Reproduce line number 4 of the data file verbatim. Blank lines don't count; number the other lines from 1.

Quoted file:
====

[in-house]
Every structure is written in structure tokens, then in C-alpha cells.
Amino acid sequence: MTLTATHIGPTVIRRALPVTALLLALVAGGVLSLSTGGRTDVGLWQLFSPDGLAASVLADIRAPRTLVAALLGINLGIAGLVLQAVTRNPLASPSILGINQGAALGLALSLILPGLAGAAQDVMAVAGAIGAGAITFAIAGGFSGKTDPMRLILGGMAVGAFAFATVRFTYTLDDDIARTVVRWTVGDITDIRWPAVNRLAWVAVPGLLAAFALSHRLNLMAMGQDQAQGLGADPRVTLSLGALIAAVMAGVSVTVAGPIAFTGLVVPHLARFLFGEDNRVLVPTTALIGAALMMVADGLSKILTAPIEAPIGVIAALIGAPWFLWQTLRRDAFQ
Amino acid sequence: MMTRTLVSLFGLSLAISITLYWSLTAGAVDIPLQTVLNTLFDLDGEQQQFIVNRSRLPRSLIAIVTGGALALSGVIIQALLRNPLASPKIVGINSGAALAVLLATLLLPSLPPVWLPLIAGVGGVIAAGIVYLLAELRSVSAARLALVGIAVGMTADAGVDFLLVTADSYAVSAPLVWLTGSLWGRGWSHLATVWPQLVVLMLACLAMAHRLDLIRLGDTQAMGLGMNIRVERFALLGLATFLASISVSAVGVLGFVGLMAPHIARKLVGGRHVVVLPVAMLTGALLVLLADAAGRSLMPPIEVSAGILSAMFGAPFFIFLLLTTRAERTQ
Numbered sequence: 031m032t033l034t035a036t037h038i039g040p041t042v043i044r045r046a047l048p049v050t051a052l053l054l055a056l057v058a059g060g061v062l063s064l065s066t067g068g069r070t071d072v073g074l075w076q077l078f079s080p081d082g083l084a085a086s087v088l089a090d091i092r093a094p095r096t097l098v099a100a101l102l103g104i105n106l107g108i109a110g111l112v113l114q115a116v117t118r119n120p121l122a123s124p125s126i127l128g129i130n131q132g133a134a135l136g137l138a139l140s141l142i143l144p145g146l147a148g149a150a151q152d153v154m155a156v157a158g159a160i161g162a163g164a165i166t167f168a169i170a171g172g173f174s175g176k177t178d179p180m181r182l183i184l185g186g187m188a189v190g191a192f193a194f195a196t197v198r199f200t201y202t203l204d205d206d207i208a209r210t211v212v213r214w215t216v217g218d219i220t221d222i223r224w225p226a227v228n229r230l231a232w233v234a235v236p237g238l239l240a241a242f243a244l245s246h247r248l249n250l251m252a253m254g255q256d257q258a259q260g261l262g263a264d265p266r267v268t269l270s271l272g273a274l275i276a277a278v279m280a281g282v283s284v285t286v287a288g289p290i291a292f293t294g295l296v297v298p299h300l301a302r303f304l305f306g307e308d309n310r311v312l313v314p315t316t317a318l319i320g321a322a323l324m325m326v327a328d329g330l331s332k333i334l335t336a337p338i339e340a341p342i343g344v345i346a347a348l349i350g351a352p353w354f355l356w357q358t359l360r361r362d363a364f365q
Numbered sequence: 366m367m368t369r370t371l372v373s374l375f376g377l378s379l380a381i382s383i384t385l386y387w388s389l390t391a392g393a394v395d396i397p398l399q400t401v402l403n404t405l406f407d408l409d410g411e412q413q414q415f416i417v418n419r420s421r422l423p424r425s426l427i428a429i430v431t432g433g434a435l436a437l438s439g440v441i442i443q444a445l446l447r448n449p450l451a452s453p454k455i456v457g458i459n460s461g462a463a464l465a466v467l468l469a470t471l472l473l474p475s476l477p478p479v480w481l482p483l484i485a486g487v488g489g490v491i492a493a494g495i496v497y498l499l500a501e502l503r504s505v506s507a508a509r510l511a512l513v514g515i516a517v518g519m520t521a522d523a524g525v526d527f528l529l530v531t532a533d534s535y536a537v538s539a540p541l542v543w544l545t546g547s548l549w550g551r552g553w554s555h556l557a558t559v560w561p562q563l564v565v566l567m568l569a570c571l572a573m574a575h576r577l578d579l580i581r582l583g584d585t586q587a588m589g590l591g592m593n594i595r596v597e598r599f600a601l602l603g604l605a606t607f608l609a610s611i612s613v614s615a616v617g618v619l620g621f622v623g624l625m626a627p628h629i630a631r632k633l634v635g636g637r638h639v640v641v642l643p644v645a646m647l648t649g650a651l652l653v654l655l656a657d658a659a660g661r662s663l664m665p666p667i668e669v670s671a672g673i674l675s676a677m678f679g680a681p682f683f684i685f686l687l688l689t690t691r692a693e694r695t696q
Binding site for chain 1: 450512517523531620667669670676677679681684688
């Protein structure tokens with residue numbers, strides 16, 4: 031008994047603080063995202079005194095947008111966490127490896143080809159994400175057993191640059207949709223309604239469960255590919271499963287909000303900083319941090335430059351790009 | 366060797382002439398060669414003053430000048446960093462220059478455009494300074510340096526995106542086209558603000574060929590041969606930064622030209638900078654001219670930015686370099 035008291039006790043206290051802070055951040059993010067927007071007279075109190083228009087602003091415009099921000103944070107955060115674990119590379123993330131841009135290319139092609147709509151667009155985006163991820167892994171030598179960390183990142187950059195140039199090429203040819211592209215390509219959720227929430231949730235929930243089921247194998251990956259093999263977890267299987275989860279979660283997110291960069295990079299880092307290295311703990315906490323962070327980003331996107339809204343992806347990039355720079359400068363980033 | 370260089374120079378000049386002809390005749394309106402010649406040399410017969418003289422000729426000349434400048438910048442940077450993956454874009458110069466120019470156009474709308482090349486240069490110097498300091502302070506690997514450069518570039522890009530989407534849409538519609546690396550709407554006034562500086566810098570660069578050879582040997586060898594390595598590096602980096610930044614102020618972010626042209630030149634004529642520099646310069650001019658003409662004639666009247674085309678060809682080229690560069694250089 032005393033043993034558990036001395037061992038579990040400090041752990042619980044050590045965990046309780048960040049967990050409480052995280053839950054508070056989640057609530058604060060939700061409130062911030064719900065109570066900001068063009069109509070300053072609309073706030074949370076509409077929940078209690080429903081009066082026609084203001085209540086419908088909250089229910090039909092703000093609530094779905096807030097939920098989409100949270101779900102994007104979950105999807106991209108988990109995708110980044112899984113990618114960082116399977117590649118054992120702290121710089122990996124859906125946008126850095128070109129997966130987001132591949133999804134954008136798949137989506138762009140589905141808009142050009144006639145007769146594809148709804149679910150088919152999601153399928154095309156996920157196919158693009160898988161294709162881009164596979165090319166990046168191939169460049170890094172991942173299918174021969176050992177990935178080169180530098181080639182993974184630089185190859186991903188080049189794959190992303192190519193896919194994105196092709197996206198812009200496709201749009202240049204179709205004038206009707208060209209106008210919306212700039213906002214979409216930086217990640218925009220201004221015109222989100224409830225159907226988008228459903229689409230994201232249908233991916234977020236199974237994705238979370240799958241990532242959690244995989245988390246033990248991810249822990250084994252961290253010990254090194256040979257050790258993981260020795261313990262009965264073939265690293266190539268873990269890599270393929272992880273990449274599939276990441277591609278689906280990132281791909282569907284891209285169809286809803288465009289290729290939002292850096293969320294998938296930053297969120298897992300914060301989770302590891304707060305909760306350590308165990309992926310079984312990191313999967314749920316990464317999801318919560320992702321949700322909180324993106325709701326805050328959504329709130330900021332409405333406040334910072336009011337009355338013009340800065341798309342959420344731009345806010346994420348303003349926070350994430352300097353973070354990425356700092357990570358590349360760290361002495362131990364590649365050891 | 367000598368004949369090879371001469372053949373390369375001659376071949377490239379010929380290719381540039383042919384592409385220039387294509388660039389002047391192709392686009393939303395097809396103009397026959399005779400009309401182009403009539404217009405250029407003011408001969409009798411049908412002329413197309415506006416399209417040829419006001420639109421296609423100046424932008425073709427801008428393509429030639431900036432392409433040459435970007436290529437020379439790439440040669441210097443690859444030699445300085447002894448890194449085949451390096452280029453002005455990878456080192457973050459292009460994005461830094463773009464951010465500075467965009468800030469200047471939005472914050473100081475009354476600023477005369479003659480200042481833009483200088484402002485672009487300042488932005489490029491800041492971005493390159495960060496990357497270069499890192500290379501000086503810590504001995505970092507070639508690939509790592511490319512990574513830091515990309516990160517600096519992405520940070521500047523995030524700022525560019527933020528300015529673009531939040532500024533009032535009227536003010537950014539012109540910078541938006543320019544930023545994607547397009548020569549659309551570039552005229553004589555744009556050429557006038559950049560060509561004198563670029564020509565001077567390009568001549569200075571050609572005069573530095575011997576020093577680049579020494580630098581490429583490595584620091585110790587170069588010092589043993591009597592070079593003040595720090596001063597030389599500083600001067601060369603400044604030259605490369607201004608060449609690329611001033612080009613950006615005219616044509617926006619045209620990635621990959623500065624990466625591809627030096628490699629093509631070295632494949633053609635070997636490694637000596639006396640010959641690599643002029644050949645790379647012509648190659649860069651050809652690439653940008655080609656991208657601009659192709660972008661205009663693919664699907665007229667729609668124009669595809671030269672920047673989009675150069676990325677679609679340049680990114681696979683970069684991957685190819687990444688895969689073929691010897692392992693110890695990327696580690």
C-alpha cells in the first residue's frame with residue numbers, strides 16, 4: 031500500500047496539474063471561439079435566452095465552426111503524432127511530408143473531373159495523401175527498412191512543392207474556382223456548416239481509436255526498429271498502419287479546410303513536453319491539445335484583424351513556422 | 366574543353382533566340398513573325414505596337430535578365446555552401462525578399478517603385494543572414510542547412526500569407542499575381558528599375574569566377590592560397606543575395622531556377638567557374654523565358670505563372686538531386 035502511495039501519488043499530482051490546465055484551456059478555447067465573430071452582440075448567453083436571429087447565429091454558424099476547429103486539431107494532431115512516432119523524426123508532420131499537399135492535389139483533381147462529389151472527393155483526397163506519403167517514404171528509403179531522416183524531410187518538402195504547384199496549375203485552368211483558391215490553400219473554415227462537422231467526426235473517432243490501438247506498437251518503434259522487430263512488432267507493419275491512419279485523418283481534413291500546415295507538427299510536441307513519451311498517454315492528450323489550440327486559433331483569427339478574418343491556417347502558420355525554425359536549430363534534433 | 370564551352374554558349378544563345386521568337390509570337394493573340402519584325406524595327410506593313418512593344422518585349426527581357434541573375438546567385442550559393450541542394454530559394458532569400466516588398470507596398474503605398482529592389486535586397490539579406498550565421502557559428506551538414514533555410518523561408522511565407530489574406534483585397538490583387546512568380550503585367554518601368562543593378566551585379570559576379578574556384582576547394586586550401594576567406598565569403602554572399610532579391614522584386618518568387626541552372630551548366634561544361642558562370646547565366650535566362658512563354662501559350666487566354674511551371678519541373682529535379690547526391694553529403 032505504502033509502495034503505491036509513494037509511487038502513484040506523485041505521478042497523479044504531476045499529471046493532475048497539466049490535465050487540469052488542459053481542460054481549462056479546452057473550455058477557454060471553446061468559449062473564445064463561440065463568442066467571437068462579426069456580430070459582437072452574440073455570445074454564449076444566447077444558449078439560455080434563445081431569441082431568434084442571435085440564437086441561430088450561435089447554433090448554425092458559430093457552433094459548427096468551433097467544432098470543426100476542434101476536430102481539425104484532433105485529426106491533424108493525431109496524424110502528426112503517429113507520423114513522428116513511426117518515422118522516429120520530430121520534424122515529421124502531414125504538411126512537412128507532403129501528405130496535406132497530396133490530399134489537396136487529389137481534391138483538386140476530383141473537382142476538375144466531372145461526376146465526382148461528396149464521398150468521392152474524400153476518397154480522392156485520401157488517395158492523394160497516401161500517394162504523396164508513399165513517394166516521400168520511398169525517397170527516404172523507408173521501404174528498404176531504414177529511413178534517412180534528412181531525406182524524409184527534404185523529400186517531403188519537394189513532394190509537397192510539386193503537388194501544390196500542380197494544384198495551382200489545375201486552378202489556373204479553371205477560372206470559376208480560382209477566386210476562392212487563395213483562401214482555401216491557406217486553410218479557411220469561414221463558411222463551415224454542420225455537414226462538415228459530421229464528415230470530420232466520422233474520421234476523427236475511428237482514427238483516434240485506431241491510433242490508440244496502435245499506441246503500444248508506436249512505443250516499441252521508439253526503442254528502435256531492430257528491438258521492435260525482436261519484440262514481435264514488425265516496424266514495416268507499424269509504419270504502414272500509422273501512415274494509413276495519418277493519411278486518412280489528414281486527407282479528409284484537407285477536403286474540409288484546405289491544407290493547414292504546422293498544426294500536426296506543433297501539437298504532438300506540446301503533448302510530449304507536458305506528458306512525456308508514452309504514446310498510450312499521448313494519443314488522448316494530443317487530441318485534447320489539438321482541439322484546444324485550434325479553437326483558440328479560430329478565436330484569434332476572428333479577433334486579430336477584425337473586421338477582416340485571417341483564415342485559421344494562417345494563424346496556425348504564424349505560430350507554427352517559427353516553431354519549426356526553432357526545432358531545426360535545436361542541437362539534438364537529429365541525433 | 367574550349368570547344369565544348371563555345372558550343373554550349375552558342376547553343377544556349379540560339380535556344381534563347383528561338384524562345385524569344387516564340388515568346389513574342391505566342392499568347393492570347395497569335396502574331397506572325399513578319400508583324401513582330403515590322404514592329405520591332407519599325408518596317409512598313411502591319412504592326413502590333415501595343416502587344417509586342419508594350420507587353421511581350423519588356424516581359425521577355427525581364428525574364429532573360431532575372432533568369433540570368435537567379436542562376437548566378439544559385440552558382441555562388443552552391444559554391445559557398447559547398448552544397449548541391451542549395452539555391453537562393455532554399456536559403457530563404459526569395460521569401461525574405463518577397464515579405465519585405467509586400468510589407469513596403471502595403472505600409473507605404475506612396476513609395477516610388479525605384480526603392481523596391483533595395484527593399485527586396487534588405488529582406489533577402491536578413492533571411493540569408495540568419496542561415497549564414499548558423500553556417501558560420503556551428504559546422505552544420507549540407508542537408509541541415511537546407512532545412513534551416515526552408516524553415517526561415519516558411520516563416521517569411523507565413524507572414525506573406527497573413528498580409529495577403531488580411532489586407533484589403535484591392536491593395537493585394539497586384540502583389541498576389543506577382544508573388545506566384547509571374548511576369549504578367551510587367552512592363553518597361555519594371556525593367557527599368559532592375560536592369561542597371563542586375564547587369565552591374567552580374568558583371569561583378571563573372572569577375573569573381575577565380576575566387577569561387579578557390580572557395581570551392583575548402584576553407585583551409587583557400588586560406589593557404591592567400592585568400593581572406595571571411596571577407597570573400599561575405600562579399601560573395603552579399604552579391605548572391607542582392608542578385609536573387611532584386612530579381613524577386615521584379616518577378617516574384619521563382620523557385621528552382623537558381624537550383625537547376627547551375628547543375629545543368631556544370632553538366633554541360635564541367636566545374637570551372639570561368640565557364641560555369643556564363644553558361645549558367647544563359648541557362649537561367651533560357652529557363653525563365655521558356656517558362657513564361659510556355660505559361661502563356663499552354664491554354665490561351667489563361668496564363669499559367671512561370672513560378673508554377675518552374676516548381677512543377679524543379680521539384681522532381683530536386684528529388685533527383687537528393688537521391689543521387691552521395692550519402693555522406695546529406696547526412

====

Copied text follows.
Amino acid sequence: MMTRTLVSLFGLSLAISITLYWSLTAGAVDIPLQTVLNTLFDLDGEQQQFIVNRSRLPRSLIAIVTGGALALSGVIIQALLRNPLASPKIVGINSGAALAVLLATLLLPSLPPVWLPLIAGVGGVIAAGIVYLLAELRSVSAARLALVGIAVGMTADAGVDFLLVTADSYAVSAPLVWLTGSLWGRGWSHLATVWPQLVVLMLACLAMAHRLDLIRLGDTQAMGLGMNIRVERFALLGLATFLASISVSAVGVLGFVGLMAPHIARKLVGGRHVVVLPVAMLTGALLVLLADAAGRSLMPPIEVSAGILSAMFGAPFFIFLLLTTRAERTQ